“Dear brothers and citizens, I took the initiative of forming a new government with new priorities and duties that respond to the demand of our youth and their mission. I entrusted the vice-president with the task of holding dialogue with all the political forces and factions about all the issues that have been raised concerning political and democratic reform and the constitutional and legislative amendments required to realise these legitimate demands and to restore law and order. But there are some political forces who have refused this call to dialogue, sticking to their particular agendas without concern for the current delicate circumstances of Egypt and its people. In light of this refusal to the call for dialogue and this is a call which remains standing, I direct my speech today directly to the people, its Muslims and Christians, old and young, peasants and workers, and all Egyptian men and women in the countryside and city over the whole country.”

  • This was definitely my favourite part. He formed a new government. So what? The people have spoken that he is illegitimate, so any government he brings in is illegitimate as well. Why should we now accept a government formed by Mubarak when the governments he brought in brought us corruption, oppressions, brutality and unfairness? It’s completely ridiculous to even bring that up.
  • As for the opposition movements part. This is just brilliant and hilarious. He is actually trying to pin the current situation on the opposition movements, and trying to call on Egyptians to pressure them to cooperate with his bullshit government. If the people do not accept you and your government, then why should the opposition even bother to interact with you. The Egyptian people have spoken and the opposition are supporting the uprising. The “delicate situation” Egypt is in, is Mubarak and his government’s fault, and the fact that he is trying to pin it on other people is downright pathetic.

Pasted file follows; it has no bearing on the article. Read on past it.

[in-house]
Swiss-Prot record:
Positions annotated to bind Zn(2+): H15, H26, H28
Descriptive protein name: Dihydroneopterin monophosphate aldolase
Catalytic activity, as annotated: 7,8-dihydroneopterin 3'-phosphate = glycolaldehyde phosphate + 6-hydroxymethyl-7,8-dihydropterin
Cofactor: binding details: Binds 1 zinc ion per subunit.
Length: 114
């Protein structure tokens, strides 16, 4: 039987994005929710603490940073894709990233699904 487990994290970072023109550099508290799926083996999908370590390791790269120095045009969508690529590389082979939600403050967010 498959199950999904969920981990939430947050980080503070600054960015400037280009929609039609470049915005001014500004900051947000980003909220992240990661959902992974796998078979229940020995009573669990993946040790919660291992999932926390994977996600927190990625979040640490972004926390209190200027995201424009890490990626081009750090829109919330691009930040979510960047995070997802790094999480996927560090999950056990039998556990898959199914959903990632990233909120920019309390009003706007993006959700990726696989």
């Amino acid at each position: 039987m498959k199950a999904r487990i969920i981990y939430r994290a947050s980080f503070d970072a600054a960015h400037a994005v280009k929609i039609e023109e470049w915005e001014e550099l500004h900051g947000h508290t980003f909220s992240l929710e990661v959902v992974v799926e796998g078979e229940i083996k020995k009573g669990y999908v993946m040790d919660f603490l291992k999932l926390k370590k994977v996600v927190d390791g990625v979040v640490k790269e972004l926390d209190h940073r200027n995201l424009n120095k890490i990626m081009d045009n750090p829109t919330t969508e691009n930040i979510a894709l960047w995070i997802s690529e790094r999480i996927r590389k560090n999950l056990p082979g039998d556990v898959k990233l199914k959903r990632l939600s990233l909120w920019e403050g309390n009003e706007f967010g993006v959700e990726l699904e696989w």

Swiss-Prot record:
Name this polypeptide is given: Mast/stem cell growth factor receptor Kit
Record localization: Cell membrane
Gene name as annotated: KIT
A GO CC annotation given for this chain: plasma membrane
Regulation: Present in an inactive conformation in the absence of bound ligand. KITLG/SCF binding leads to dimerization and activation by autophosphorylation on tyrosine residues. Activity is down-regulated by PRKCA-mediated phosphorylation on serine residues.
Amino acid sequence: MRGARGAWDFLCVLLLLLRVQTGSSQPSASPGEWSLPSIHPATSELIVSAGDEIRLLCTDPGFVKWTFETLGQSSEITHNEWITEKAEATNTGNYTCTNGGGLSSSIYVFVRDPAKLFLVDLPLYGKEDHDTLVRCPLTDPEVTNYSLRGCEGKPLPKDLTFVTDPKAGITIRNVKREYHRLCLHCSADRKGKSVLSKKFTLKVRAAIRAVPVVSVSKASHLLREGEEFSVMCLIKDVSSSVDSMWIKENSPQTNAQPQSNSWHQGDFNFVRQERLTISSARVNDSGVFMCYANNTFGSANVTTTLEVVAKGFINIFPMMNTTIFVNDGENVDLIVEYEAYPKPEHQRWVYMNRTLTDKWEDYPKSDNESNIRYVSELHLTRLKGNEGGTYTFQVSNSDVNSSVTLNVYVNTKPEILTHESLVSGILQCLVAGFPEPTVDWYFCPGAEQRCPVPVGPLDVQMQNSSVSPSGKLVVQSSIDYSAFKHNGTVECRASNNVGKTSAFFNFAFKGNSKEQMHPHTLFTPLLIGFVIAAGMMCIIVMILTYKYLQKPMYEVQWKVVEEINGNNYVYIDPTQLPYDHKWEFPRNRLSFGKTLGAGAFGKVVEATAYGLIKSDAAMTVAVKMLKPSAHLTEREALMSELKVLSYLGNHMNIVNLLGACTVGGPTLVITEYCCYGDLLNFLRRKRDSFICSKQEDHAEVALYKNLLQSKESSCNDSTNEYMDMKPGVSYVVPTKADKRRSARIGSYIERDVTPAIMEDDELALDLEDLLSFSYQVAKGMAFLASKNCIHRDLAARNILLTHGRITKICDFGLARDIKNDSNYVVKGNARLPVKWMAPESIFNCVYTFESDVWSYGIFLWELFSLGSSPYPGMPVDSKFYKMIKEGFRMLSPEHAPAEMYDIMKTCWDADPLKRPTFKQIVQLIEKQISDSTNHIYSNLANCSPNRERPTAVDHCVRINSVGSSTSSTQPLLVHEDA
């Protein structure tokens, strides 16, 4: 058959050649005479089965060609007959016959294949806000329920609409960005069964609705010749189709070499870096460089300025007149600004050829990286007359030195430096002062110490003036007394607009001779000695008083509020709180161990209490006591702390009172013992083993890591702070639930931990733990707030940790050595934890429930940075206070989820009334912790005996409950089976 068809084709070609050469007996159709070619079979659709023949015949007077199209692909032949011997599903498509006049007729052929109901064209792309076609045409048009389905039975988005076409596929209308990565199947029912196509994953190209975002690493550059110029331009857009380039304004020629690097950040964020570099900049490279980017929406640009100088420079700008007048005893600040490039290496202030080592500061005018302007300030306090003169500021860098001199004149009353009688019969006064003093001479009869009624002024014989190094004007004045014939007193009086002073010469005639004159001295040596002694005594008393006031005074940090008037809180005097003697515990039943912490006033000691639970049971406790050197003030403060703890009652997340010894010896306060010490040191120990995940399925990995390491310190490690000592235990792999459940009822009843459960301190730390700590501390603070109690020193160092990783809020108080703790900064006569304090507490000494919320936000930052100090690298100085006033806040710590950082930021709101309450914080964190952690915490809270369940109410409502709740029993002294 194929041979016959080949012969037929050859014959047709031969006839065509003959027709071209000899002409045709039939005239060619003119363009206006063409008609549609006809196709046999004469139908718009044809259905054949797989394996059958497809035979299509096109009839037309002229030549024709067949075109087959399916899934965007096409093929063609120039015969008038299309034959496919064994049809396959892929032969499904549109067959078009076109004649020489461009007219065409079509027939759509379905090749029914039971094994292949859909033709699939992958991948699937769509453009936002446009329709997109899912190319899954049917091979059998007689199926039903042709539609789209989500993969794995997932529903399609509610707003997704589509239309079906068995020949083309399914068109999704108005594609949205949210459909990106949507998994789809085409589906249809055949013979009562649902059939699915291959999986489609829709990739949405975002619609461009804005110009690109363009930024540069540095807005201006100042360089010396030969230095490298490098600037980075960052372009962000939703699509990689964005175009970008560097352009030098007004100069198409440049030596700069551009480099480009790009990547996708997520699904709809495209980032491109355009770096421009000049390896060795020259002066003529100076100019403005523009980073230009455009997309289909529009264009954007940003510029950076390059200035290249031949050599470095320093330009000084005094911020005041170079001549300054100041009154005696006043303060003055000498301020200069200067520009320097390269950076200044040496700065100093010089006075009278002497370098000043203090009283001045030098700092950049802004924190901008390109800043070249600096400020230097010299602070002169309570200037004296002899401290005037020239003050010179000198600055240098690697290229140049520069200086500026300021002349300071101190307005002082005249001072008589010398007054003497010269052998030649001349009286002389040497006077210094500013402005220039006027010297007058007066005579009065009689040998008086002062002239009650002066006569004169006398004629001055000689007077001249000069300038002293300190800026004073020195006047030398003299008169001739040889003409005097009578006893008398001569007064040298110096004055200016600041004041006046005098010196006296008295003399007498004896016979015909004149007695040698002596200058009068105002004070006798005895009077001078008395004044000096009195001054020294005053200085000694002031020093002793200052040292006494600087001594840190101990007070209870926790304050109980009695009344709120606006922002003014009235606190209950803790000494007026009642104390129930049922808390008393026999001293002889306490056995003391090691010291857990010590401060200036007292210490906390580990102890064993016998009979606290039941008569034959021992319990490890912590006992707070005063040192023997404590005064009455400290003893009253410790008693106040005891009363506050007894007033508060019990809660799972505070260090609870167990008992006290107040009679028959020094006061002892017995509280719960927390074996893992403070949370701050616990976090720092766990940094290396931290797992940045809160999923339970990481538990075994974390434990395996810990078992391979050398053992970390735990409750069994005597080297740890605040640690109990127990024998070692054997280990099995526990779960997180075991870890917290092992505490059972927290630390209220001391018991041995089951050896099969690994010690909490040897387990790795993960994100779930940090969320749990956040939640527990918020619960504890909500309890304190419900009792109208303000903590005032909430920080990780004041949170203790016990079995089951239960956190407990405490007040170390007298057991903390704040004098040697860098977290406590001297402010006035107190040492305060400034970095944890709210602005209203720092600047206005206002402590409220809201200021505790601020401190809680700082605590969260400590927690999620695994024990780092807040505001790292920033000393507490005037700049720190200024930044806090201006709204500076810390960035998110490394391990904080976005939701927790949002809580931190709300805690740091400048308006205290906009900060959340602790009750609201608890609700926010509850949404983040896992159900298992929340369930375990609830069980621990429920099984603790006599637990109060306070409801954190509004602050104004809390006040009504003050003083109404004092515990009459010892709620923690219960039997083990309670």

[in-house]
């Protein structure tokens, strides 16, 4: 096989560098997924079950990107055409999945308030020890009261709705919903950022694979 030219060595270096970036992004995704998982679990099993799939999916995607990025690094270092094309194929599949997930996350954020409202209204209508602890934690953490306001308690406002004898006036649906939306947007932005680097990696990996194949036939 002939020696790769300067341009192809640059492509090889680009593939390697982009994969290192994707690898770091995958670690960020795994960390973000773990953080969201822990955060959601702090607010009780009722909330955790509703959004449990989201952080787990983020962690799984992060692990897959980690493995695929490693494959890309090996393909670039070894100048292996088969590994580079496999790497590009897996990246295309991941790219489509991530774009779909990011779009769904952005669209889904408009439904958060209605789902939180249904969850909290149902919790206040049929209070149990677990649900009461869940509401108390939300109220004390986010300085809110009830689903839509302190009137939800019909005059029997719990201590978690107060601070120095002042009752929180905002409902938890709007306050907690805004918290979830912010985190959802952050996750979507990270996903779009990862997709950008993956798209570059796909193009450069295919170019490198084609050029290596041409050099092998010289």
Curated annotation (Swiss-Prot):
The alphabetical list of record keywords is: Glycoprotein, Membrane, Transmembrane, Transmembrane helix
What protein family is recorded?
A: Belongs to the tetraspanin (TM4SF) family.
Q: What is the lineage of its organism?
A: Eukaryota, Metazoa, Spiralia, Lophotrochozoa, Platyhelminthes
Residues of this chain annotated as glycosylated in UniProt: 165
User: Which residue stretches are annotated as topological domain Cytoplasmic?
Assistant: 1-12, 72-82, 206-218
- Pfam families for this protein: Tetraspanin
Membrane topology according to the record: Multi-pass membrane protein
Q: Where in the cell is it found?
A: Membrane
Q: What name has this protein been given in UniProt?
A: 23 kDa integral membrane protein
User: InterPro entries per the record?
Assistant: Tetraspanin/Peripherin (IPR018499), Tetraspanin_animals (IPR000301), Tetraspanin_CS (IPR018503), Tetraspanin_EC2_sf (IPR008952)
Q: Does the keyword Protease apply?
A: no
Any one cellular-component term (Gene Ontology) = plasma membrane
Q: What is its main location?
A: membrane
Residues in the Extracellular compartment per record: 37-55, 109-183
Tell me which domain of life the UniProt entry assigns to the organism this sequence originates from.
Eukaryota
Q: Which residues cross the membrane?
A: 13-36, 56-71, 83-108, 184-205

Graffiti on Tanks

“I have never, ever been seeking power and the people know the difficult circumstances that I shouldered my responsibility and what I offered this country in war and peace, just as I am a man from the armed forces and it is not in my nature to betray the trust or give up my responsibilities and duties. My primary responsibility now is security and independence of the nation to ensure a peaceful transfer of power in circumstances that protect Egypt and the Egyptians and allow handing over responsibility to whoever the people choose in the coming presidential election.”
  • This one is also hilarious. Never been seeking power? Then why the hell did you stay on for thirty years? Why are you clinging to your position when it is clear that millions of your people no longer want you? Doesn’t he see that people have died so that he would leave and that millions of others risked their lives so that he would leave? He has already lost our trust and betrayed us all. The owth he took as president to the people is no longer valid when you betray the country. And he should not only leave, but he should be prosecuted for his actions against the Egyptian people.